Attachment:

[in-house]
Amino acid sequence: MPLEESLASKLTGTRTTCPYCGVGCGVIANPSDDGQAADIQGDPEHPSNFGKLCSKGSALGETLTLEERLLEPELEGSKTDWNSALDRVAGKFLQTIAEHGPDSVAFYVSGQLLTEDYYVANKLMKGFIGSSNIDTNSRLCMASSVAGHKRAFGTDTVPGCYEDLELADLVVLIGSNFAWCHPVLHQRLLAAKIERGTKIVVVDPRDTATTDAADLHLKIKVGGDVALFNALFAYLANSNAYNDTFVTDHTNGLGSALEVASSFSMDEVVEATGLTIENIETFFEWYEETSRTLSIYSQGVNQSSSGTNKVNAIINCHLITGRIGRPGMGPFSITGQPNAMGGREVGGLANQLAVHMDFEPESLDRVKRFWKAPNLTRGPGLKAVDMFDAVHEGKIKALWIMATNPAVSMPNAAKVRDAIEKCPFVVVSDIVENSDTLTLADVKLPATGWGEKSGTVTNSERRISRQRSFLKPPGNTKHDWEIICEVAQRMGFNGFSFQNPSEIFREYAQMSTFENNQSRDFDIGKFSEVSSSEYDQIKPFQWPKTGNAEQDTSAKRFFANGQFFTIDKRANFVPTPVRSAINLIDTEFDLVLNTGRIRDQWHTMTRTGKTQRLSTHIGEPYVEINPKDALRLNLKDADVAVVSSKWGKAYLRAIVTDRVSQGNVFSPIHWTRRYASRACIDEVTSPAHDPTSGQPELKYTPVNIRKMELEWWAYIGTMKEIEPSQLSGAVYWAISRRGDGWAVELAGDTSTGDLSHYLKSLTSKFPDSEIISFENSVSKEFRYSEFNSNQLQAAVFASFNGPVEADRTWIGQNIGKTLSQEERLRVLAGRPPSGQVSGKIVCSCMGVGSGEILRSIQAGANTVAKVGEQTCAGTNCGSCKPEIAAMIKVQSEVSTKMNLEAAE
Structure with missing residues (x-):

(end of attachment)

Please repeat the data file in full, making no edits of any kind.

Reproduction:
[in-house]
Amino acid sequence: MPLEESLASKLTGTRTTCPYCGVGCGVIANPSDDGQAADIQGDPEHPSNFGKLCSKGSALGETLTLEERLLEPELEGSKTDWNSALDRVAGKFLQTIAEHGPDSVAFYVSGQLLTEDYYVANKLMKGFIGSSNIDTNSRLCMASSVAGHKRAFGTDTVPGCYEDLELADLVVLIGSNFAWCHPVLHQRLLAAKIERGTKIVVVDPRDTATTDAADLHLKIKVGGDVALFNALFAYLANSNAYNDTFVTDHTNGLGSALEVASSFSMDEVVEATGLTIENIETFFEWYEETSRTLSIYSQGVNQSSSGTNKVNAIINCHLITGRIGRPGMGPFSITGQPNAMGGREVGGLANQLAVHMDFEPESLDRVKRFWKAPNLTRGPGLKAVDMFDAVHEGKIKALWIMATNPAVSMPNAAKVRDAIEKCPFVVVSDIVENSDTLTLADVKLPATGWGEKSGTVTNSERRISRQRSFLKPPGNTKHDWEIICEVAQRMGFNGFSFQNPSEIFREYAQMSTFENNQSRDFDIGKFSEVSSSEYDQIKPFQWPKTGNAEQDTSAKRFFANGQFFTIDKRANFVPTPVRSAINLIDTEFDLVLNTGRIRDQWHTMTRTGKTQRLSTHIGEPYVEINPKDALRLNLKDADVAVVSSKWGKAYLRAIVTDRVSQGNVFSPIHWTRRYASRACIDEVTSPAHDPTSGQPELKYTPVNIRKMELEWWAYIGTMKEIEPSQLSGAVYWAISRRGDGWAVELAGDTSTGDLSHYLKSLTSKFPDSEIISFENSVSKEFRYSEFNSNQLQAAVFASFNGPVEADRTWIGQNIGKTLSQEERLRVLAGRPPSGQVSGKIVCSCMGVGSGEILRSIQAGANTVAKVGEQTCAGTNCGSCKPEIAAMIKVQSEVSTKMNLEAAE
Structure with missing residues (x-):